It’s that hair-pulling but hopefully insightful time when I have to write an Artist’s Statement. I’ve done this before for particular projects or shows, but this is the first time I’ve tried to write a general statement about myself as an artist. The purpose is to provide information to interested visitors at the gallery I’ve recently joined. So my audience is the general public, or at least that part which would visit an art gallery. I feel that’s quite a different audience from other artists (like you all), in turn different from a narrower group, such as photographers working in black and white.
I take the statement very seriously as a way not only to communicate, but for me to consider what is really important, perhaps defining, about my artistic endeavor. The tone of it is critical. I don’t want to be too “artsy” or intellectual, nor do I want to condescend. I want it to be straightforward, but at the same time I want it to entice and suggest rather than answer all questions. It needs to have a personal voice, to sound like something I would say, and ideally not like something anyone else would say. This is what I’ve got so far:
The world is full of mystery and light, and photography is a way for me to explore all three. Most of my work involves ongoing discovery of a place–perhaps a woods, a mesa, or an abandoned building–through repeated encounters over time. Thus my photographs are in series that may span months or years–or as little as an afternoon. These studies of place and person are both windows and mirrors, and are well suited to the combination of realism and expression offered by black and white photography.
So what do you think? At the moment, it’s not quite long enough, though I don’t want it a great deal longer (at most twice as long). I’m concerned the first sentence is cutesy, though I do want to give make the reader think. Are there words or phrases you like or don’t like? Will “windows and mirrors” be opaque or intriguing to my audience? Should I say more about what expression in black and white photography might be? What have I left out that you’d like to see?
I look forward to comments, questions, or suggestions of all kinds. I’m especially interested in reactions to this particular statement, but ideas about such statements in general are very welcome.
UPDATE: Here’s a revision, only a little different from the version above:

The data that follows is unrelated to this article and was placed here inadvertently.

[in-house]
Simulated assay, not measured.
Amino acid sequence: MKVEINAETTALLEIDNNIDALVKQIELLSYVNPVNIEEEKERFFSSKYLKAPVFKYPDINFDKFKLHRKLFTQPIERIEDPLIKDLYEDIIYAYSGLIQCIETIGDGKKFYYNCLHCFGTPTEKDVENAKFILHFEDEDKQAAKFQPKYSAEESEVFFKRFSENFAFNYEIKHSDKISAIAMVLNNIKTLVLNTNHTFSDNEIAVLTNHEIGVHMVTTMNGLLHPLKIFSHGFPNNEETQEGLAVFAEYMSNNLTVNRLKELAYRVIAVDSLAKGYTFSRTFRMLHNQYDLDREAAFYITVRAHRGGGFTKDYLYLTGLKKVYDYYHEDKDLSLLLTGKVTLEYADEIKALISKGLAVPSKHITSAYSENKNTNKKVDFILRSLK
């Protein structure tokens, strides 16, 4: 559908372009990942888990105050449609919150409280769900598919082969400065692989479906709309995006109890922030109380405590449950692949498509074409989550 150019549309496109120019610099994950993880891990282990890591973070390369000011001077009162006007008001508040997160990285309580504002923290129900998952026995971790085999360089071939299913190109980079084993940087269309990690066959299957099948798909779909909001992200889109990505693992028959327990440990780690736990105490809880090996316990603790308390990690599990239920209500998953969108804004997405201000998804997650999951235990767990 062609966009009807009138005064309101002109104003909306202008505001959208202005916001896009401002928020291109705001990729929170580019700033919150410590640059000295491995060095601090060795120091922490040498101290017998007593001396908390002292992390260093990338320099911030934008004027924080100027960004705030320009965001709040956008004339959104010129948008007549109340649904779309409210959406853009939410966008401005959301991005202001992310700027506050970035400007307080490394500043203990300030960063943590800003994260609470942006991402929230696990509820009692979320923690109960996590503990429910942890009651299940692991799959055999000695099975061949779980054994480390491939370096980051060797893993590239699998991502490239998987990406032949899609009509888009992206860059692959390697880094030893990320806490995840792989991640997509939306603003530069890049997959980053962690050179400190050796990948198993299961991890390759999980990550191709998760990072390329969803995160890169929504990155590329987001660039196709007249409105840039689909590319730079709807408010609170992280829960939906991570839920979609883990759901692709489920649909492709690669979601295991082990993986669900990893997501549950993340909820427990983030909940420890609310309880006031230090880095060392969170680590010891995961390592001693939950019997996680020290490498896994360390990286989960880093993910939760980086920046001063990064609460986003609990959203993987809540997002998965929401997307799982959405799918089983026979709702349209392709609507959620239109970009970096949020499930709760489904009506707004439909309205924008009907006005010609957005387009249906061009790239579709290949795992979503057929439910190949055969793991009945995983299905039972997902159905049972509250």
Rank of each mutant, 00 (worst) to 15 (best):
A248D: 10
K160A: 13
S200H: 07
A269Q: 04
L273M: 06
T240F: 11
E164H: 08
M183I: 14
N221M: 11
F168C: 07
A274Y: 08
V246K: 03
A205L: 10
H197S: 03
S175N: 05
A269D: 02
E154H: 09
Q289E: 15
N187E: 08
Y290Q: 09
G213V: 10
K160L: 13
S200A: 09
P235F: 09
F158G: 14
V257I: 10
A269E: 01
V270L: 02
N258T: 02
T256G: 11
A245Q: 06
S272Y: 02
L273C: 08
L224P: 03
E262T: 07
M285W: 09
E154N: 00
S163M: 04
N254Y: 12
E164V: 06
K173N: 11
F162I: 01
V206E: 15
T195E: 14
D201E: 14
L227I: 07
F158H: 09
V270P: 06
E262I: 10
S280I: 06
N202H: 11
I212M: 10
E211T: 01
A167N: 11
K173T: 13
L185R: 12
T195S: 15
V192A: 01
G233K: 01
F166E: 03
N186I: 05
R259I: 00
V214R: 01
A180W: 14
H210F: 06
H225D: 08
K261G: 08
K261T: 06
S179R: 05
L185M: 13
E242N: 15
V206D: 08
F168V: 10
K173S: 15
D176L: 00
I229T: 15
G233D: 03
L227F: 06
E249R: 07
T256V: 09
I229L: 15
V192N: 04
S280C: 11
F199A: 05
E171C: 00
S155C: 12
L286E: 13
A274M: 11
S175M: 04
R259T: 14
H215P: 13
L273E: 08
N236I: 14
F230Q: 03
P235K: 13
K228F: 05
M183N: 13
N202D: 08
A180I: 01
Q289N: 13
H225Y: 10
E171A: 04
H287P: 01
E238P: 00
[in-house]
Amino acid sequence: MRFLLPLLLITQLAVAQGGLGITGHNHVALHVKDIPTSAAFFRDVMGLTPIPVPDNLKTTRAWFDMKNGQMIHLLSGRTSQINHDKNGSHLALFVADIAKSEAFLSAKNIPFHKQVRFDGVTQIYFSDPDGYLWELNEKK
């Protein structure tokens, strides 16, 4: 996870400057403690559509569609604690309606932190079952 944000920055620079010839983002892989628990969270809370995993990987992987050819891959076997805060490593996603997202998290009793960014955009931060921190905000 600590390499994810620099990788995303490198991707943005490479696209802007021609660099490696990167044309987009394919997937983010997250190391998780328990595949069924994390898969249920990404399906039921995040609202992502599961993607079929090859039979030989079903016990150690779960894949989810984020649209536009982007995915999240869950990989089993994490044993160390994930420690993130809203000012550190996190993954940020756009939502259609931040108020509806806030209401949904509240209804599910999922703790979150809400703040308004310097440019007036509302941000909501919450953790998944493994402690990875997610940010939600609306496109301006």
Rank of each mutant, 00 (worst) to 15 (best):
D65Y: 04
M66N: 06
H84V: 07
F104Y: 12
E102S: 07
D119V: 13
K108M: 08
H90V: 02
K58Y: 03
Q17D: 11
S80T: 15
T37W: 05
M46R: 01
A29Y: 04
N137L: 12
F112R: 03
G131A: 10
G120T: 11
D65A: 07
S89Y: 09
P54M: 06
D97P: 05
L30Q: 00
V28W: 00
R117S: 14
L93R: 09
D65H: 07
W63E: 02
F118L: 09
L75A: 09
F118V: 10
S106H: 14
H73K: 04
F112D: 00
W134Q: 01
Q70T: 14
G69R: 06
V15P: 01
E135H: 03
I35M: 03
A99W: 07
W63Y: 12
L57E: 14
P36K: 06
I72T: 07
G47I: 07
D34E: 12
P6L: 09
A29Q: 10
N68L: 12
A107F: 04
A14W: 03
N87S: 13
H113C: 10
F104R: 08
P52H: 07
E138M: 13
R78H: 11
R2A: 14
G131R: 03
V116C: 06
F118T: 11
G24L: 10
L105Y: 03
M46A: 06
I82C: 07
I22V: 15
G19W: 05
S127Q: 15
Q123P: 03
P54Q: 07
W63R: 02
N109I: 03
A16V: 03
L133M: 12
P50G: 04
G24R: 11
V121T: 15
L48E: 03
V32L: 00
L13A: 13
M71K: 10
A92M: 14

The world is full of mystery and light, and photography is a way for me to explore all three. Most of my work involves ongoing discovery of a place–a patch of woods, a desert mesa, an abandoned building–through repeated encounters over time. My photographs are thus in series that sometimes span months or years as I come to understand more deeply a subject and my own response, my way of seeing it. I find the combination of realism and expression offered by black and white photography to be well suited to making images that can be at once windows on a world and reflections of the viewer of that world.
UPDATE 2: Here’s a new revision, I hope more personal. Still needs work.
What leads me to make photographs is most often the discovery of a place where I sense a mystery that I need to explore. It might be an abandoned hotel with lingering traces of memories, a desert mesa concealing remnants of previous inhabitants, or a patch of woods with an elusive feeling of wholeness and clarity. I tend to visit such sites repeatedly to immerse myself in the environment and deepen my understanding of it over time. To convey the actuality both of place and of personal experience, I harness not only the realism of black and white photography, but also its expressive power, its ability to influence perception and emotion via lighting and tonality. I define a successful photograph as one in which you not only see what I saw and grasp what I felt, but beyond that develop your own relationship with the place in question, based on your own intuitions and recollections.
UPDATE 3: Thanks for the comments! Here’s the latest, responding particularly to David’s challenge to do a better job explaining why black and white. The last two sentences are still longish, but I hope they flow better than before. True or false?
What leads me to make photographs is often discovery of a place where I sense the presence of a secret. It might be an abandoned hotel with lingering traces of memories, a desert mesa concealing remnants of earlier inhabitants, or a patch of woods with an elusive feeling of wholeness and clarity. I tend to visit such places repeatedly to immerse myself in the environment and explore it over time. I usually present photographs in black and white, which combines a strong sense of realism with an air of mystery and timelessness, while allowing adjustment of light and shadow to convey personal impressions and overall mood. As viewer of my photograph, I want you not only to grasp what I saw and felt, but also to develop your own relationship with the subject, based on your own perceptions, intuitions, and recollections.
FINAL UPDATE: For completeness, here’s the version I finally gave to the gallery. It’s about the length it needs to be for the back of a postcard to be handed out. But I’m working on a page-long statement that will provide more information to gallery staff so that they’ll be in a position to speak more knowledgeably about me and my work with anyone interested. Thanks again for your reactions and recommendations.
Making photographs is the way I explore a subject and what it means. Certain places draw me: an abandoned dwelling with traces of memories, a patch of woods with an elusive clarity. Immersing myself in the environment, returning often, I learn to see with fresh eyes. I work in black and white to create images whose realism is tempered by abstraction and mystery. My photographs allude as well as describe, inviting the viewer’s own associations, intuitions, and recollections.